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« ummmWhere do we stop? »
This is a sub-selection from Courts

hottboiinnc
ME

join:2003-10-15
Cleveland, OH
reply to ArrayList

Re: Courts

If you use the common def. anyone that provides Internet Access. It does not state that you have to charge for the service or not. Juno was called an ISP and they gave the service away for free.

And that is my point. An ISP can NOT be sued for $$$ over a customer downloading content illegally. But a consumer can be. So why is the courts having double standards? If I go to your house and download something, that is copyrighted, yes you can get sued for it. But if your neighbor does it on an open router why should you not get sued? It's still works the same way. And this goes back to if you are in the car with someone and they go into the 7-11 kill the clerk, you and the shooter/your friend both get charged with murder. This is do different. knowing or not should not get you off the hook.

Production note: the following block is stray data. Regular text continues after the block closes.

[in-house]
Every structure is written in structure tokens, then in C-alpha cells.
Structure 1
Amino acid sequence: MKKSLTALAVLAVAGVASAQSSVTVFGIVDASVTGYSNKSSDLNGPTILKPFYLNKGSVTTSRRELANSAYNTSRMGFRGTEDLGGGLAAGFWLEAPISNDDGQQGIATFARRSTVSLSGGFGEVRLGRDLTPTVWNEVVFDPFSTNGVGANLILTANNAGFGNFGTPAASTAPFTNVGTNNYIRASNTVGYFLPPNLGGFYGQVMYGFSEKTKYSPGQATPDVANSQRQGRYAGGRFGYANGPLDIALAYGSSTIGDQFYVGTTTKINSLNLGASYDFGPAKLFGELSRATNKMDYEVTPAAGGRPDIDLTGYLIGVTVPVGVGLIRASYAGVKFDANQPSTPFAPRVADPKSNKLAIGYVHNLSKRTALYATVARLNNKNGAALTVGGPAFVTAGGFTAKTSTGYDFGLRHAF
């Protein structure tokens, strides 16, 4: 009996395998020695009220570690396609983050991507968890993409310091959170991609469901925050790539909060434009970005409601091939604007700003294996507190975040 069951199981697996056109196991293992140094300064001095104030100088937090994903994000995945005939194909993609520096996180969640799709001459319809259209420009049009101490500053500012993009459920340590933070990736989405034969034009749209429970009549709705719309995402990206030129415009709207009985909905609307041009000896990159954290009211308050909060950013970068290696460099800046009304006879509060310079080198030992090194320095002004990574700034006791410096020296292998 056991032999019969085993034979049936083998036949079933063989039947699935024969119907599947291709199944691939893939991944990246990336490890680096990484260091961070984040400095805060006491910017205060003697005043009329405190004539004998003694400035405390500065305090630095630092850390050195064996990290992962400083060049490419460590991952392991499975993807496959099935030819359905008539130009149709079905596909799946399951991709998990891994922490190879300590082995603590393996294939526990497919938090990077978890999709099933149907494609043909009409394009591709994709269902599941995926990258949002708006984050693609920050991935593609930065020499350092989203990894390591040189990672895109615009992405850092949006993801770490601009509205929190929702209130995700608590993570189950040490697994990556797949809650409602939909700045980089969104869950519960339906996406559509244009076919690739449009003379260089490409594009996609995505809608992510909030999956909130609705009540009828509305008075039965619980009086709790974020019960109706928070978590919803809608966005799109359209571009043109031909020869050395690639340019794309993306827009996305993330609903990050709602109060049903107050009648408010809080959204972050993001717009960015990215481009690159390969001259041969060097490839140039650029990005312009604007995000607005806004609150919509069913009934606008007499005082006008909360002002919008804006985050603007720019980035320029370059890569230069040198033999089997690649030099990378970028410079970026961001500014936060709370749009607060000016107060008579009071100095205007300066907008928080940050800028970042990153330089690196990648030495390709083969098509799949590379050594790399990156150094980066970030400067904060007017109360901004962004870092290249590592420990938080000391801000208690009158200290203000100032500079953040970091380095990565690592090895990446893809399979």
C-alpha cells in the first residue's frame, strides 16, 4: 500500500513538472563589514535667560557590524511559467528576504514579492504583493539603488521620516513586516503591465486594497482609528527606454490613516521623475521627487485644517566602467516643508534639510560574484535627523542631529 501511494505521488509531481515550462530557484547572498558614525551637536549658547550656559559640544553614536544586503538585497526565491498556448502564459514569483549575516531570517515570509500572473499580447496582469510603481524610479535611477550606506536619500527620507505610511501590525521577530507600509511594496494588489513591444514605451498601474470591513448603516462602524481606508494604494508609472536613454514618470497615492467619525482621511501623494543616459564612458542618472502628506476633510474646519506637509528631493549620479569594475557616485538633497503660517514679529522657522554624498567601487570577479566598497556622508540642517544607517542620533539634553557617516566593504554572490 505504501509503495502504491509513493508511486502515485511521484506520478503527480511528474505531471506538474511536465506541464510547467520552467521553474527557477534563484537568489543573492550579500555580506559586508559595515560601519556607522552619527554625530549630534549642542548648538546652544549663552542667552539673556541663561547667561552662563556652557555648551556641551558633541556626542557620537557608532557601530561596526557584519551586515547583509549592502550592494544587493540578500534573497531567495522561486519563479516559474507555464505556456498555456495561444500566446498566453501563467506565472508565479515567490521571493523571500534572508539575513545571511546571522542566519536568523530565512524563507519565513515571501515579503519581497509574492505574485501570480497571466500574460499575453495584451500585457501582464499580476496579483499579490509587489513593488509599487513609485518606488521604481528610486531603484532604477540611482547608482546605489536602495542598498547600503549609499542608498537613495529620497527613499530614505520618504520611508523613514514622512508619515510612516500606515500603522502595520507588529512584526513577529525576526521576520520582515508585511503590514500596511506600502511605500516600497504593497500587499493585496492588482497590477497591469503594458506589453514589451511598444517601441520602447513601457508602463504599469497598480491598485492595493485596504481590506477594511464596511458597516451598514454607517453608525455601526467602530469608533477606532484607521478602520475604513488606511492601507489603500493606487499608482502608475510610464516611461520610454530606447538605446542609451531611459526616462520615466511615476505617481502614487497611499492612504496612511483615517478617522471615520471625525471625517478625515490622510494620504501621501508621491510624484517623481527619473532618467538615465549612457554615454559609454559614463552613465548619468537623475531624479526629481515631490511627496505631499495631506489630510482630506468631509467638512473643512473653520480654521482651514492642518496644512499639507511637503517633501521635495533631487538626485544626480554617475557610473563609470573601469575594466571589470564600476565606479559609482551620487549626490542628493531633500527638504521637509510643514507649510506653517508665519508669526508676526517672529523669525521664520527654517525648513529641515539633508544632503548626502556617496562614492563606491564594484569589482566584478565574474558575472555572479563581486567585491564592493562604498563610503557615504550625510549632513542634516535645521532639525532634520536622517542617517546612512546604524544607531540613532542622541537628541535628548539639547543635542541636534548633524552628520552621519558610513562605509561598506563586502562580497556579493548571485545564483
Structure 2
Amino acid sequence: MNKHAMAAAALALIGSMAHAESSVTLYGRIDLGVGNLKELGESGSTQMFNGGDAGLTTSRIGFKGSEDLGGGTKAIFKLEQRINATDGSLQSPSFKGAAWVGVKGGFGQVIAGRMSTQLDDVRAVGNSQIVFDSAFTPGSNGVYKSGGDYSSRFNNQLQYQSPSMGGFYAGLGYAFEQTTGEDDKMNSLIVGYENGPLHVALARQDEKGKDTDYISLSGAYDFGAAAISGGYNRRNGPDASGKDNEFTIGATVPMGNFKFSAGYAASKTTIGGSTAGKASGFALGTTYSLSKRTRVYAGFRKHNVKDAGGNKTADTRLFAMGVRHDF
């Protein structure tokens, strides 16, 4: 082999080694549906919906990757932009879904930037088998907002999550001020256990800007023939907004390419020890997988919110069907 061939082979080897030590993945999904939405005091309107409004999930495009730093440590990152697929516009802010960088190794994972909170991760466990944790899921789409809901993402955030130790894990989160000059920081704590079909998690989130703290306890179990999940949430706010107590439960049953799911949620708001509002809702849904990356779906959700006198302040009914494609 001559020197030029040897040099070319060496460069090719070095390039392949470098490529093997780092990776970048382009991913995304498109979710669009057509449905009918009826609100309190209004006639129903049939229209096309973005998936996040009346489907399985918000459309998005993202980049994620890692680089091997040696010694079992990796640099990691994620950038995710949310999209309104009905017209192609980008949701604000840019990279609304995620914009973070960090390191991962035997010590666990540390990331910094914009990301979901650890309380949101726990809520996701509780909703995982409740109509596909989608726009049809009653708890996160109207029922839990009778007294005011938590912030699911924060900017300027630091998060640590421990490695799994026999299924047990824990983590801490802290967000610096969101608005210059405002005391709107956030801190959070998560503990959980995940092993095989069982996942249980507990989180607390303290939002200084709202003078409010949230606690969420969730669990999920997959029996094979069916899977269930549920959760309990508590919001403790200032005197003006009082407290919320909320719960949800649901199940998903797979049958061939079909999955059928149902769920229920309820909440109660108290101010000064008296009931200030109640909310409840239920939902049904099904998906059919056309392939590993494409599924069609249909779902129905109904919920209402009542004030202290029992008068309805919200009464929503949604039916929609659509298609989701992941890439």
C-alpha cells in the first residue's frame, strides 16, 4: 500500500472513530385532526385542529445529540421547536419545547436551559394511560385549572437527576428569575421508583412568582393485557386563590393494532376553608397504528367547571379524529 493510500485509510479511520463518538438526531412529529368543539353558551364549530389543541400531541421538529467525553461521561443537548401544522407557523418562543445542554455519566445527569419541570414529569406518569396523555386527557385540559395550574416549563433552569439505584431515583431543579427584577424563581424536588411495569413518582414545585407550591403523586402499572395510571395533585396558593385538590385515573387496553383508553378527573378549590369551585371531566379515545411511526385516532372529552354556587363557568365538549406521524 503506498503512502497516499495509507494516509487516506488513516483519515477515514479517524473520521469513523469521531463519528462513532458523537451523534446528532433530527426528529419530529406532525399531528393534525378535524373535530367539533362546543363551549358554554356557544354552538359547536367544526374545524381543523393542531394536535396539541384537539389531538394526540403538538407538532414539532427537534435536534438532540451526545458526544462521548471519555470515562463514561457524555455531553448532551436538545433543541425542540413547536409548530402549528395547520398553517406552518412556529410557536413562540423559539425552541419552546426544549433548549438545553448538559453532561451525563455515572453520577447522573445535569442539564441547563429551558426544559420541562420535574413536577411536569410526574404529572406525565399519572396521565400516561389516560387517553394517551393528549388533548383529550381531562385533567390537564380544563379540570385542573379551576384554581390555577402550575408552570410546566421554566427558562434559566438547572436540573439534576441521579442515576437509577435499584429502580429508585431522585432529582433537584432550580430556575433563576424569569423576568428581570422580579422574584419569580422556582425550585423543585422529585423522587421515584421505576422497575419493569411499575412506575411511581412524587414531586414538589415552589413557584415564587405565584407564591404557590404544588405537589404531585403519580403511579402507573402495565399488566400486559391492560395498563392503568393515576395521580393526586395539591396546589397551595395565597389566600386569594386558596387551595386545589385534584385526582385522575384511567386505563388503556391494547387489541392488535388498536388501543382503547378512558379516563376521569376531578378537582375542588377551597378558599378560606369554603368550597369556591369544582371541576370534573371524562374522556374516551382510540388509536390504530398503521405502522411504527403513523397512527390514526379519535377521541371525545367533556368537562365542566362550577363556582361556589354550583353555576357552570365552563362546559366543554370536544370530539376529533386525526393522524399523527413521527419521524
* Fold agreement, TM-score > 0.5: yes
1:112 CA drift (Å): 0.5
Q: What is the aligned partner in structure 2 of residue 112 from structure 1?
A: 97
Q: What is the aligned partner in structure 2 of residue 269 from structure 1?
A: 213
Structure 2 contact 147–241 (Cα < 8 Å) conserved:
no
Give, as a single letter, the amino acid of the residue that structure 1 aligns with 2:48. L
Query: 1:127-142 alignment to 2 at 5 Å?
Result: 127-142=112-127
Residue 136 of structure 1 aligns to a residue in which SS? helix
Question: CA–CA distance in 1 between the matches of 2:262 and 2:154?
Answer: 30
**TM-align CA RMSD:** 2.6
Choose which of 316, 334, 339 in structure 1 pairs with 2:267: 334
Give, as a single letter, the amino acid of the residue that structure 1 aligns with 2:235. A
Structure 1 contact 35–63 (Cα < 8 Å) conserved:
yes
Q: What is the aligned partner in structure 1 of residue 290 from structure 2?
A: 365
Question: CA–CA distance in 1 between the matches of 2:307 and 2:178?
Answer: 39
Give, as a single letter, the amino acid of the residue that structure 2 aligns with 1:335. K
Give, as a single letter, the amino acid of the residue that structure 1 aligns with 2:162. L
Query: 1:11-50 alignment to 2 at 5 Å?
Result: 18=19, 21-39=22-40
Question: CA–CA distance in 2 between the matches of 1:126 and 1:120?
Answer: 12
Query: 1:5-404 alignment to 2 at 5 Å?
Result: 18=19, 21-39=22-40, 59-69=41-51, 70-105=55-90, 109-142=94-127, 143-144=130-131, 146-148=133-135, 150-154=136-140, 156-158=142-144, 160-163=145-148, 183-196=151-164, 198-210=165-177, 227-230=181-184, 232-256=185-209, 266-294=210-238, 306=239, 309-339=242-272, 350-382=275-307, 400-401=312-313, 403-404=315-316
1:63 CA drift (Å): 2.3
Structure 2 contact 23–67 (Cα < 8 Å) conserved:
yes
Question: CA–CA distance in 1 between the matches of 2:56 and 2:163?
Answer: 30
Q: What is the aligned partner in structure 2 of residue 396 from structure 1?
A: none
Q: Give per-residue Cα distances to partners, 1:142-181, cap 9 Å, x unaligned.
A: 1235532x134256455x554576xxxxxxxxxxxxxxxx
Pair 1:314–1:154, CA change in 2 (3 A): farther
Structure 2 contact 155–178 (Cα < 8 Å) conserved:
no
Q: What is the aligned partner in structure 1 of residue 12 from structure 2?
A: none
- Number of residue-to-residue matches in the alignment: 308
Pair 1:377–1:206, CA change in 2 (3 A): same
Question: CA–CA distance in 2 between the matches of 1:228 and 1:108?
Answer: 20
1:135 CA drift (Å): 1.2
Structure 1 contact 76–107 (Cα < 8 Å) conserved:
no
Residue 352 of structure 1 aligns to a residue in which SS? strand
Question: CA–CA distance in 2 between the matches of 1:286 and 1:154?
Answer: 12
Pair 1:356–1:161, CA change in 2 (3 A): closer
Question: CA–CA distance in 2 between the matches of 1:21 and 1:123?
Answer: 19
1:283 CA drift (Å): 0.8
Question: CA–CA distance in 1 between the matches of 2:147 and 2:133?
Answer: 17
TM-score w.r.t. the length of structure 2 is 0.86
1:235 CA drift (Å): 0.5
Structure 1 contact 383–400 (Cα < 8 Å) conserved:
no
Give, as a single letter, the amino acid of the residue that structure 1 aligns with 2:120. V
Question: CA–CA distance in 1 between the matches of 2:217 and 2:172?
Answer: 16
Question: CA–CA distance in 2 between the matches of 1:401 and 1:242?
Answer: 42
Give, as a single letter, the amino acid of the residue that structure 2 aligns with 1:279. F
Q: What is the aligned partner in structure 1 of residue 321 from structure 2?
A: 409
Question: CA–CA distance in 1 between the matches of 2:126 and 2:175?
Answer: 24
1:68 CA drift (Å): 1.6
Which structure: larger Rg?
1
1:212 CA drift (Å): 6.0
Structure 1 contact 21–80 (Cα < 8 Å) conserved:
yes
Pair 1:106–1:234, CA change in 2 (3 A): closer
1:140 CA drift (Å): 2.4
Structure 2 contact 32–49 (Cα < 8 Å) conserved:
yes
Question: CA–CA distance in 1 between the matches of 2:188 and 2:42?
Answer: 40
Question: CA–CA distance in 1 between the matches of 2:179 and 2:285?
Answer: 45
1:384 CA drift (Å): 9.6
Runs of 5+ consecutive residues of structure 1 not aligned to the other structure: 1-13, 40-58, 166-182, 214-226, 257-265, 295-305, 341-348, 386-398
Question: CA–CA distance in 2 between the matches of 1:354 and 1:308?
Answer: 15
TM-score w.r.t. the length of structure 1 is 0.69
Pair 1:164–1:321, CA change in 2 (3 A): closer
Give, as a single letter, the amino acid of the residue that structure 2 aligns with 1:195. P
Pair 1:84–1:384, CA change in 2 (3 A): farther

vpoko
Premium
join:2003-07-03
Boston, MA
It's actually not clear at all that party A can be held liable for letting party B use their internet connection if party B uses it for something illegal. There has been some recent case law that it's not the case. In general, to be liable for something you have to have knowledge that it was happening (or at least, a reasonable person in your situation should have had knowledge of it).

hottboiinnc
ME

join:2003-10-15
Cleveland, OH
Actually no you do not have to know. Such as what I started with the 7-11 story. If the driver has no clue a murder is being done while waiting on friend, said driver can be charged and normally is for murder even though he was in the car. Courts have been doing that for YEARS and it works for the courts. That is my basis on this subject. Regardless if the HSI account holder knows or not, under US Law, they should charged/sued. it doesn't make sense for it to happen in one case and not another.

Trencher

join:2007-02-12
Etobicoke, ON
So if were at a shooting range and I loan you my gun to shoot at the range and you accidentally shoot someone, will I get charged for letting you use that gun? Most likely not.... So it kinda goes against your original analogy.